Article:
Like my other favorite fictional heroines – Lizzie Bennet, Ginny, Hermione, and Jo March from Little Women – Anne is smart, kind and observant. Like those other women, she has a vision of the kind of woman she wants to be, but she doesn’t always live up to that ideal. Her vanity and pride get in the way sometimes. Like them, she is torn between the desire to fit in – to be pretty and ladylike and coupled – and the desire to defy convention. Like them, she is capable of deep, profound love, not just for the man she eventually marries, but for her friends, her family, and for the pursuit of knowledge.

Anne Shirley is the kind of girl and woman I want to be: bold, passionate, imperfect, loved. And because I’ll have more opportunities than usual to read fiction in the coming weeks, I’m going to hang out with Anne, as she makes her first real friends, excels in her studies, becomes a teacher, falls in love and… well, I don’t want to spoil it for those of you who haven’t read it. But I can promise that I’ll report back to you from my reunion with LM Montgomery’s “red headed snippet” – the fictional heroine and old friend I’d almost forgotten.

New York, NY

Chloe Angyal is a journalist and scholar of popular culture from Sydney, Australia. She joined the Feministing team in 2009. Her writing about politics and popular culture has been published in The Atlantic, The Guardian, New York magazine, Reuters, The LA Times and many other outlets in the US, Australia, UK, and France. She makes regular appearances on radio and television in the US and Australia. She has an AB in Sociology from Princeton University and a PhD in Arts and Media from the University of New South Wales. Her academic work focuses on Hollywood romantic comedies; her doctoral thesis was about how the genre depicts gender, sex, and power, and grew out of a series she wrote for Feministing, the Feministing Rom Com Review. Chloe is a Senior Facilitator at The OpEd Project and a Senior Advisor to The Harry Potter Alliance. You can read more of her writing at

Chloe Angyal is a journalist and scholar of popular culture from Sydney, Australia.

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  • Heather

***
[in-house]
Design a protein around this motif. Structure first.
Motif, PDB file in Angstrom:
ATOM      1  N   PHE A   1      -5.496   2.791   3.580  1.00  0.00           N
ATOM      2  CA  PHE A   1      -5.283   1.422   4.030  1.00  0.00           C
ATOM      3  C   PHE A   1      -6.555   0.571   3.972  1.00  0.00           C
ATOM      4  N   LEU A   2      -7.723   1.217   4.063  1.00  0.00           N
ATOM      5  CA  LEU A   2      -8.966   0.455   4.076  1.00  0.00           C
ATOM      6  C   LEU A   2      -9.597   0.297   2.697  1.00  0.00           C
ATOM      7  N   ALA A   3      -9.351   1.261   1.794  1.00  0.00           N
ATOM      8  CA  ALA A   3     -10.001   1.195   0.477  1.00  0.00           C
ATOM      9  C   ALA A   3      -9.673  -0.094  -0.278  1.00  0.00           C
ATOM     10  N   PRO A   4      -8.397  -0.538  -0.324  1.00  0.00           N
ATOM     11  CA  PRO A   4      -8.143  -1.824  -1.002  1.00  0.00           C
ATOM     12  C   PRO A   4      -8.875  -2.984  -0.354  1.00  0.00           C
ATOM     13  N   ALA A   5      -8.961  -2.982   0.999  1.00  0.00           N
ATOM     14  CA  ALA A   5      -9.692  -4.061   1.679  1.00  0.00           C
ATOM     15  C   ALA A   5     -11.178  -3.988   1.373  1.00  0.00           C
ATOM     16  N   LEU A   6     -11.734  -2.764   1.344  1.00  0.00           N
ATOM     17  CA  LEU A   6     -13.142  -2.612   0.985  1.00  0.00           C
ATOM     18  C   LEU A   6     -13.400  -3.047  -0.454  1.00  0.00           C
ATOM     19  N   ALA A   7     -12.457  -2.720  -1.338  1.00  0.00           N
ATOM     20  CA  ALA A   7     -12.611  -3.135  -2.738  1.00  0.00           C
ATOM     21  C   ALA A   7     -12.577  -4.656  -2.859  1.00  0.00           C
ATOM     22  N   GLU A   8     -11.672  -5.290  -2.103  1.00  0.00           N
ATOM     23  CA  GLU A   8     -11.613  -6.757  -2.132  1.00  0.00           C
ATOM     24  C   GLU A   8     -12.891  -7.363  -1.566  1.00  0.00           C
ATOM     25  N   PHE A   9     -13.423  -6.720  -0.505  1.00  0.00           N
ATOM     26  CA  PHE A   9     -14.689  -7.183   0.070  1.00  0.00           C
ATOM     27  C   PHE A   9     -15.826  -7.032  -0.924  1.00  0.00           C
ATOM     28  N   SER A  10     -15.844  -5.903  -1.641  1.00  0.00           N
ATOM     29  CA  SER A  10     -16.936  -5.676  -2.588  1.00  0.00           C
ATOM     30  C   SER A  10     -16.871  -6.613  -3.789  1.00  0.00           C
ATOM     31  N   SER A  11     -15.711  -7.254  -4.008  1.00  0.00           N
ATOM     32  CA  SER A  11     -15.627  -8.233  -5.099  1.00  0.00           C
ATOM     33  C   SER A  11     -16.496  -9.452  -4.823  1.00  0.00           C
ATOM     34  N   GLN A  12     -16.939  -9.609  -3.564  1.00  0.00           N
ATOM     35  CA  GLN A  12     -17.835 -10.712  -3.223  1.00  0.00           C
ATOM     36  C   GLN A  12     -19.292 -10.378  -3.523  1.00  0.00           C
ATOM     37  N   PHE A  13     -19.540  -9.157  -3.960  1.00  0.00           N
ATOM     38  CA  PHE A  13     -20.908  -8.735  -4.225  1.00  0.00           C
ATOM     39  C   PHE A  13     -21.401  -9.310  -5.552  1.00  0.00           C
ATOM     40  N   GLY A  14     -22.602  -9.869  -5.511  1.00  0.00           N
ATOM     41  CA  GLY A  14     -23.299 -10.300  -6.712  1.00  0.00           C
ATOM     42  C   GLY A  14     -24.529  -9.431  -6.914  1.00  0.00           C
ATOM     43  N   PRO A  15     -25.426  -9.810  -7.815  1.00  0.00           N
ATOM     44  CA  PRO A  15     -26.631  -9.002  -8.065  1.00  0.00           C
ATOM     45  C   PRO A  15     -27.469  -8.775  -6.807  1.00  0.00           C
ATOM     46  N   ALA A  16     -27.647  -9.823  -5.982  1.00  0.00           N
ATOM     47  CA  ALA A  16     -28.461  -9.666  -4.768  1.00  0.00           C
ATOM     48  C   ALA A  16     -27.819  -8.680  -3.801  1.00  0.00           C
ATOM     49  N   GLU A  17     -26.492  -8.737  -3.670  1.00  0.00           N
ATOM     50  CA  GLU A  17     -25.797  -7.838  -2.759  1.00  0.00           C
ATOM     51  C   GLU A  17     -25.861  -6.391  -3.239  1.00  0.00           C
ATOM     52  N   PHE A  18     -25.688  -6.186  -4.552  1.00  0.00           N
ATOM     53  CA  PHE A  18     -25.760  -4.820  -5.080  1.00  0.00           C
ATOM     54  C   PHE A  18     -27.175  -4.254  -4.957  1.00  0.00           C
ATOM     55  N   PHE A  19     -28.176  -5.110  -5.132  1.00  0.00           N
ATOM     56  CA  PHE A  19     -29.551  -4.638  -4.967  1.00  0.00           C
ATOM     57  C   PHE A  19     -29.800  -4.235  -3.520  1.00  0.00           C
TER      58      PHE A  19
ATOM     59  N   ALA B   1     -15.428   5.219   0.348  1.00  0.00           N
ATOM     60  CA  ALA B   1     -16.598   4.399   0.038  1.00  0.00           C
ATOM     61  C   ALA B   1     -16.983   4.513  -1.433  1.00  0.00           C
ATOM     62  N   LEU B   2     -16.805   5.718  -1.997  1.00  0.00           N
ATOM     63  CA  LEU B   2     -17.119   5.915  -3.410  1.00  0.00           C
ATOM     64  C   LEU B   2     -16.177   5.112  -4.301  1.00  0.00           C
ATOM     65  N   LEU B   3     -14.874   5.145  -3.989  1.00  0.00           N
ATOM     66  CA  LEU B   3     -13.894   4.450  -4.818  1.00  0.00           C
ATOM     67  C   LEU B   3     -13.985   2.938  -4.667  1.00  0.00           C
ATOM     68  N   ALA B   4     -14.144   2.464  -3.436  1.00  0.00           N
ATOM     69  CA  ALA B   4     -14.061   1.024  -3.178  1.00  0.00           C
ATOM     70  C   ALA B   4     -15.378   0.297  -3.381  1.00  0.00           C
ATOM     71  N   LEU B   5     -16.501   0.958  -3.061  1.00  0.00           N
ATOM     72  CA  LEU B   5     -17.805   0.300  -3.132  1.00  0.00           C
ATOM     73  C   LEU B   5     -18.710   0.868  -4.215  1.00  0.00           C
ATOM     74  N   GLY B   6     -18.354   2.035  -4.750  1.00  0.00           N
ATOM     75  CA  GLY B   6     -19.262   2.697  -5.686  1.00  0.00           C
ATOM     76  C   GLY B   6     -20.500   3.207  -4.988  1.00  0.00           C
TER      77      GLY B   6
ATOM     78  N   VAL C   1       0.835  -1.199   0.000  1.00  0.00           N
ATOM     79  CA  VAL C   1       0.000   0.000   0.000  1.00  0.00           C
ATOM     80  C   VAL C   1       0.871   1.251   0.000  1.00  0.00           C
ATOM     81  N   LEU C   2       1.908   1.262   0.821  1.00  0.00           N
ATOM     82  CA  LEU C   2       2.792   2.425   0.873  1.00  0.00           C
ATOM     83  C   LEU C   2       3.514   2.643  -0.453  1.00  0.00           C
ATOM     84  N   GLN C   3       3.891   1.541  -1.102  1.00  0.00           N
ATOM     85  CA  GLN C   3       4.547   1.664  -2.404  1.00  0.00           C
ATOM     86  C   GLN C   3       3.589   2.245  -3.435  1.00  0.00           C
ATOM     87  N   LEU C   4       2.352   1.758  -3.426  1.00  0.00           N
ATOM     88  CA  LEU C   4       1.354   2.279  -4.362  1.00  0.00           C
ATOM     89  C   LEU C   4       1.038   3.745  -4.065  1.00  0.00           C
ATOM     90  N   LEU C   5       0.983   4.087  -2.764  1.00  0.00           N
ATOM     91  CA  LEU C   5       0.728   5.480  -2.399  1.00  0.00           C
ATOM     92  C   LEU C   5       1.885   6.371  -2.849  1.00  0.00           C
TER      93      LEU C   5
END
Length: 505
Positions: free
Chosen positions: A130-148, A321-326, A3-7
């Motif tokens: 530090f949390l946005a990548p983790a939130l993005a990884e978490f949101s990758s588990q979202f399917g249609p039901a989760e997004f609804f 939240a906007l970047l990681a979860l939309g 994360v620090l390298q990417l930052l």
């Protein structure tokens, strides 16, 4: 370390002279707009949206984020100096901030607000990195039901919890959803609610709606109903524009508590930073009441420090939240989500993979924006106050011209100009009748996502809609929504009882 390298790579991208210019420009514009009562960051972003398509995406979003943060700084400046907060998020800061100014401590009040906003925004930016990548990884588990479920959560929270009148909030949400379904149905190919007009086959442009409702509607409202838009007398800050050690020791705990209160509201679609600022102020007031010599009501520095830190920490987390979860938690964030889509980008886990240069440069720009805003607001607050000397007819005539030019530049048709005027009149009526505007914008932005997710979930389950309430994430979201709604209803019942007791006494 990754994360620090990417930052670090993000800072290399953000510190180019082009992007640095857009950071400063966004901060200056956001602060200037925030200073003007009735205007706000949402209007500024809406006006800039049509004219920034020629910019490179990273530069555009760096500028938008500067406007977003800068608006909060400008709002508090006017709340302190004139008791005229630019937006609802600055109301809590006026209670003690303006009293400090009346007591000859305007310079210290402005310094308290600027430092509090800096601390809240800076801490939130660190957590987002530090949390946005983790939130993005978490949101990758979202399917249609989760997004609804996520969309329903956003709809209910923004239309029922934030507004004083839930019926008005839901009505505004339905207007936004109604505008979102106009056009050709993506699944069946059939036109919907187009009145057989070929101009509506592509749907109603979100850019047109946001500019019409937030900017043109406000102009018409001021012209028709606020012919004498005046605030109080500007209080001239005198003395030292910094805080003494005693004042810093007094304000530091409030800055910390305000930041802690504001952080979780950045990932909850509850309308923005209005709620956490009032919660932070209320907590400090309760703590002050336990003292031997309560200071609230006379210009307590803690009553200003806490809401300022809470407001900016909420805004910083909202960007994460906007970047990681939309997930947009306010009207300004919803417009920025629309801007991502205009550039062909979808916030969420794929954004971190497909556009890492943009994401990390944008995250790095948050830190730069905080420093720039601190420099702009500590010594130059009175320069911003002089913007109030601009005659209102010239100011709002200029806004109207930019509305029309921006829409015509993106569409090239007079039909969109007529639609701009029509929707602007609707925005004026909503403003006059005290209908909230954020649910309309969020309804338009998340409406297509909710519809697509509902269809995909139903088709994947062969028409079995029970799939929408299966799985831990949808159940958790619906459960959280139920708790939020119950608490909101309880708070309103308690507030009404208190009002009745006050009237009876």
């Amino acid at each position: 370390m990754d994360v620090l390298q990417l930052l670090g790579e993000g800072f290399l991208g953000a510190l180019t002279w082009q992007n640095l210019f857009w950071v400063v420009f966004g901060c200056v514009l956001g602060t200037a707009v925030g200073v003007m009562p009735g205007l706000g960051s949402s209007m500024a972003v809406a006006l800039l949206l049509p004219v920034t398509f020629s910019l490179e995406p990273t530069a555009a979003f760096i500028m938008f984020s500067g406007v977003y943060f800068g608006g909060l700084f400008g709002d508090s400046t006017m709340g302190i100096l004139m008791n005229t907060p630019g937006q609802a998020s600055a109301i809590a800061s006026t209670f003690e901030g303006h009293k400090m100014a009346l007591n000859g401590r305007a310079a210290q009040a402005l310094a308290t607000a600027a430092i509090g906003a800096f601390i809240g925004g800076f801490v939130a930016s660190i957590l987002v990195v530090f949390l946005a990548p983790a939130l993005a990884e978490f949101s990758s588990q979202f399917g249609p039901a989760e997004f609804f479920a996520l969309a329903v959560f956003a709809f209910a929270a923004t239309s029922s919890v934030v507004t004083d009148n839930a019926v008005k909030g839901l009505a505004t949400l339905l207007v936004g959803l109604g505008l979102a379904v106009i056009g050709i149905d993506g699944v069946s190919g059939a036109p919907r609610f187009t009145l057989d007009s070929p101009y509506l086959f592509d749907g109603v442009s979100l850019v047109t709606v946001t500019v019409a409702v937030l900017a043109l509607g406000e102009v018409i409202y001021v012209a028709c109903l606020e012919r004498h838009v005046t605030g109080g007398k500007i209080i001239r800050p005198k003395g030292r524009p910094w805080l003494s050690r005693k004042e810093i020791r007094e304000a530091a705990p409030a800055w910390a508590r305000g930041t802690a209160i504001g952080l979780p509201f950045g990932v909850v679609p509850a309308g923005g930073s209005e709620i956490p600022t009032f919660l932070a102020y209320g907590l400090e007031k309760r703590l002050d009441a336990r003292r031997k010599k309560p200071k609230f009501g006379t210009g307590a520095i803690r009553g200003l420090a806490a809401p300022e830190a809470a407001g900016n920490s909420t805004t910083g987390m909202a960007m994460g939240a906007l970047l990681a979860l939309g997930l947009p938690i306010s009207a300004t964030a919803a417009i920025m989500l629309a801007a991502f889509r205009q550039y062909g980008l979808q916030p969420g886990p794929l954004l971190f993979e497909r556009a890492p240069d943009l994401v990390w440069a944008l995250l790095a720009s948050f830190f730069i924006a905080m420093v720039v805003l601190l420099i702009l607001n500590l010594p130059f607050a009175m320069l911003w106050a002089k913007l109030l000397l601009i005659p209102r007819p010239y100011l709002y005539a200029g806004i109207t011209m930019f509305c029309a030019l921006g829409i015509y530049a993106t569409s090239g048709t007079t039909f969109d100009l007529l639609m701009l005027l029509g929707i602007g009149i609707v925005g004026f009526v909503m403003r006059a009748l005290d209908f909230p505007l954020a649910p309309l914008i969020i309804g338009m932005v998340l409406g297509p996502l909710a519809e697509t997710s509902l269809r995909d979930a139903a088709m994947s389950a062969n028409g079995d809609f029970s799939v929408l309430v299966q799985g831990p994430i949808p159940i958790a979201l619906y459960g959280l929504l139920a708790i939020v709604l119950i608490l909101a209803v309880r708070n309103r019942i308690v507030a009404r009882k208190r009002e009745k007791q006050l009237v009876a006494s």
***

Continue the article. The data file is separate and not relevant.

Anne is AMAZING! The Anne books are my absolute favourite. It’s great to hear that someone else loves her, too :)

  • Katelyn

    When my mom was pregnant with my younger sister we were reading the Anne of Green Gables series. She looked at me one night and said, “Why don’t we name the baby Avonlea?” I’ve never asked my mom if she thought it was just a pretty name, or she was subliminally sending messages to the fetus that would become Avonlea to embody all of Anne’s amazing traits. Either way, my sister, Avonlea is now coming into her own, and I can guarantee embodies many of Anne’s traits and is becoming a bad ass feminist in her own right.

  • Amanda

    I never read the books, but as a kid I absolutely LOVED the movies. (Now that I’m a grownup, I always read the book first, by the way!) Anne knew exactly who she was (She always corrected people who spelled her name wrong- “It’s Anne with an ‘E'”) and refused to let anyone redefine her. When Teddy tried to flirt with her in class by calling her “Carrots,” she smashed her slate over his head. And the movie series also had great portrayals of female friendship, between Anne and her “bosom friend” Diana.

    • Shelly

      That was GIL who called her “Carrots!” *nods*

    • Jessica “Jess” Victoria Carillo

      Yes!!!! I remember when I first read “Anne of Green Gables” in middle school, finally a weird girl that loves beauty and with a fierce loyalty! I also remember when me and my cousins were watching the 1980s film on PBS and eating a lot of ice cream. Also that she and Diana have what Tv Tropes calls, a “Romantic Two Girl Friendship.”

  • laurapty